£9·6m joint UK-Brazilian initiative to investigate effect of tropical forest degradation
19 June 2012
In the run up to Rio+20, the Natural Environment Research Council (NERC) and São Paulo Research Foundation (FAPESP) today announce a major £9·6m investment to investigate how changes to tropical forests affect biodiversity, ecosystem services and the climate.
Evidence unearthed during the project will be used to help sustainably manage forests for logging and palm oil production, protect endangered species, and help mitigate climate change.
The initiative is the next phase in a growing partnership between NERC and FAPESP.
The scheme also supports the overarching aim of the Rio+20 summit - starting on 20 June 2012 - to provide a blueprint for global sustainable development.
NERC is investing £8m, £6·4m of which will support research in Sabah, Malaysian Borneo and builds on an existing collaboration with the Stability of Altered Forest Ecosystems (SAFE) Project, which is managed as part of the Royal Society's South East Asia Rainforest Research Programme (SEARRP). The rest - £1·6m - will back parallel studies in Brazil, with FAPESP contributing the equivalent of £1·6m.
"This collaboration between NERC and FAPESP will mean the UK's and Brazil's top scientists can work together to understand globally-important Brazilian ecosystems and compare research findings between two contrasting tropical regions - Brazil and Malaysia," explains Professor Duncan Wingham, Chief Executive of NERC.
"It is fitting to announce this collaboration for advanced environmental research on the eve of Rio+20. The research to be supported will inform policy decisions of governments, forest management and the agro-forestry industry. For Brazil and for the UN REDD+ programme biodiversity conservation and the understanding and adequate management of forest carbon stocks are key issues," says Professor Carlos Henrique de Brito Cruz, Scientific Director of FAPESP.
Tropical forests are hotspots of biodiversity and provide ecosystem services such as clean water and air, medicines and food, as well as absorbing carbon dioxide. These services extend beyond the countries hosting forests, benefiting people across the world.
But many forests, like those in South East Asia and Brazil, are increasingly under threat from unsustainable logging and conversion to agricultural land uses. This is leading to biodiversity loss and deterioration of ecosystem services.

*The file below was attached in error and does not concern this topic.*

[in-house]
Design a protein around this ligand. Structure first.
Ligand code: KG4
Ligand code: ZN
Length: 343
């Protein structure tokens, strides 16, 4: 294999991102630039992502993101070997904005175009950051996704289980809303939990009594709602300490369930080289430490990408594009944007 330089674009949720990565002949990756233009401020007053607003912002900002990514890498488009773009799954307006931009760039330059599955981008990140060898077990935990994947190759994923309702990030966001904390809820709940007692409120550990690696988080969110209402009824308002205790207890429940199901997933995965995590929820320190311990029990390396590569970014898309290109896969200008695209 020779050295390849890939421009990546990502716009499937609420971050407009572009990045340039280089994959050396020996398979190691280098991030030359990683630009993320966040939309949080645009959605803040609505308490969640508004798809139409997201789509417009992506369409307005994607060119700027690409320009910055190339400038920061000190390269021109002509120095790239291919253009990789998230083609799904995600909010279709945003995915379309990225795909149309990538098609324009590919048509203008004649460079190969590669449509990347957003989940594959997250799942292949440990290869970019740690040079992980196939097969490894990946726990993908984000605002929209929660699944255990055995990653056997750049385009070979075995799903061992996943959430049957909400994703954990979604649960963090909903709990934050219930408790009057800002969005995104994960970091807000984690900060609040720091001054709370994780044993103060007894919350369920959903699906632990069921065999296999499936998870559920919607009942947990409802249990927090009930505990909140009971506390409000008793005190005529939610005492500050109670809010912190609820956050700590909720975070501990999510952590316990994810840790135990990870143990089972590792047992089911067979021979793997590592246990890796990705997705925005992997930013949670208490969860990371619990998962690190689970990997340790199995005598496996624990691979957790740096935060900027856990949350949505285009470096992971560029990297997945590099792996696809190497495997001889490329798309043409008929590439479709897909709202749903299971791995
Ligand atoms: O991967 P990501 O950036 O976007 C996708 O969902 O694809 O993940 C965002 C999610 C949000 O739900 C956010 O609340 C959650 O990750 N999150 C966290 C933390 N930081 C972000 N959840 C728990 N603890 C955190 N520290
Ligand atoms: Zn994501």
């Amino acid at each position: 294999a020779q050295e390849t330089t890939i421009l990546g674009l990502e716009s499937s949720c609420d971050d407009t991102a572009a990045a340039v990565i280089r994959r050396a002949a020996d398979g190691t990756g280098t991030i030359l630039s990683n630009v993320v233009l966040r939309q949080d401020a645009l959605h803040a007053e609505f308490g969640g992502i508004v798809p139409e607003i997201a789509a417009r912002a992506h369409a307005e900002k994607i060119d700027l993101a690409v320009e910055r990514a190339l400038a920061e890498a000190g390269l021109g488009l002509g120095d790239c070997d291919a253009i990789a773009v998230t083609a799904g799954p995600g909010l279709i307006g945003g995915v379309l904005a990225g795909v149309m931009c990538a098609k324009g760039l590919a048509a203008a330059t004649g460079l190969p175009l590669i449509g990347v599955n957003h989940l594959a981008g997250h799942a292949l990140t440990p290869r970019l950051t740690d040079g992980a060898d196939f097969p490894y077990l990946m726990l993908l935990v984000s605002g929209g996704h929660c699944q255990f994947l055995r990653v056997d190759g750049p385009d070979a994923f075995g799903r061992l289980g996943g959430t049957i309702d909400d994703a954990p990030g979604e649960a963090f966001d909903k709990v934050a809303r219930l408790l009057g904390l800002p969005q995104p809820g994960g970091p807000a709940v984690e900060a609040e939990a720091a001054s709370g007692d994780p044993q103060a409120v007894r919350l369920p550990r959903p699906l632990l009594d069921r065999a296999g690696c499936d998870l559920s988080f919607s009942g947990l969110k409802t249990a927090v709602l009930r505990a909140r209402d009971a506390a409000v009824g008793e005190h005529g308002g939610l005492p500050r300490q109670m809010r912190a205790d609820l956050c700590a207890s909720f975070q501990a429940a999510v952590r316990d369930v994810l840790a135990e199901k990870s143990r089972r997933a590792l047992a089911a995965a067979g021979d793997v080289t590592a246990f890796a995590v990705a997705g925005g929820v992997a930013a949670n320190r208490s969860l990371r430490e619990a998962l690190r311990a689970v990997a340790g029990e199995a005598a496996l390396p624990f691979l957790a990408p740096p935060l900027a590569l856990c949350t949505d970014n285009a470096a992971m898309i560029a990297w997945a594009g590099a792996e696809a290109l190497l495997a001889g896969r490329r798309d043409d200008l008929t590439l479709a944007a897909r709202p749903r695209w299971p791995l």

"Despite this, very little is known about the relationships between biodiversity and the ecosystem processes that underpin these vital services, or how these processes change through biodiversity loss," says Professor Wingham.
Scientists plan to find out how logging, deforestation and forest fragmentation change the functioning of tropical rainforests.
"It's vital we find out what levels of biodiversity we must have in order to provide the ecosystem services that society needs. Research in both Brazil and Malaysia will help us compare these issues in contrasting locations, so we can develop forest management policies that can be applied to different types of forest," says Professor Ken Norris from the University of Reading, NERC's biodiversity theme leader.
The NERC programme is called Biodiversity & Ecosystem Processes in Human Modified Tropical Forests.
NERC Press Office
Natural Environment Research Council
Polaris House, North Star Avenue
Swindon, SN2 1EU
Tel: 01793 411561
Mob: 07917 557215
Maria da Graça S Mascarenhas
FAPESP Press Office
Luiz Fernando Cunha
FAPESP Press Office
Imperial College London
Professor Ken Norris
University of Reading
Tel: 0118 378 6535
Mob: 07983 528414
Professor Duncan Wingham
Natural Environment Research Council
Tel: 01793 442562
1. NERC is the UK's main agency for funding and managing world-class research, training and knowledge exchange in the environmental sciences. It coordinates some of the world's most exciting research projects, tackling major issues such as climate change, environmental influences on human health, the genetic make-up of life on earth, and much more. NERC receives around £300m a year from the government's science budget, which it uses to fund independent research and training in universities and its own research centres.
2. São Paulo Research Foundation - FAPESP - is an independent public foundation with the mission to foster research and the scientific and technological development of the State of São Paulo.
3. The primary sponsor of the SAFE Project is the Sime Darby Foundation, providing core support for establishing the project, building the field infrastructure, and supporting a large team of field staff. Funding from the Sime Darby Foundation began in 2010 and will continue for a ten-year period. A number of other key academic, government and industrial organisations in the UK and Malaysia also support the SAFE Project, namely Benta Wawasan, Yayasan Sabah (The Sabah Foundation), Sabah Forestry Department, the Royal Society South East Asia Rainforest Research Programme (SEEARP) and Imperial College London.
Press release: 15/12
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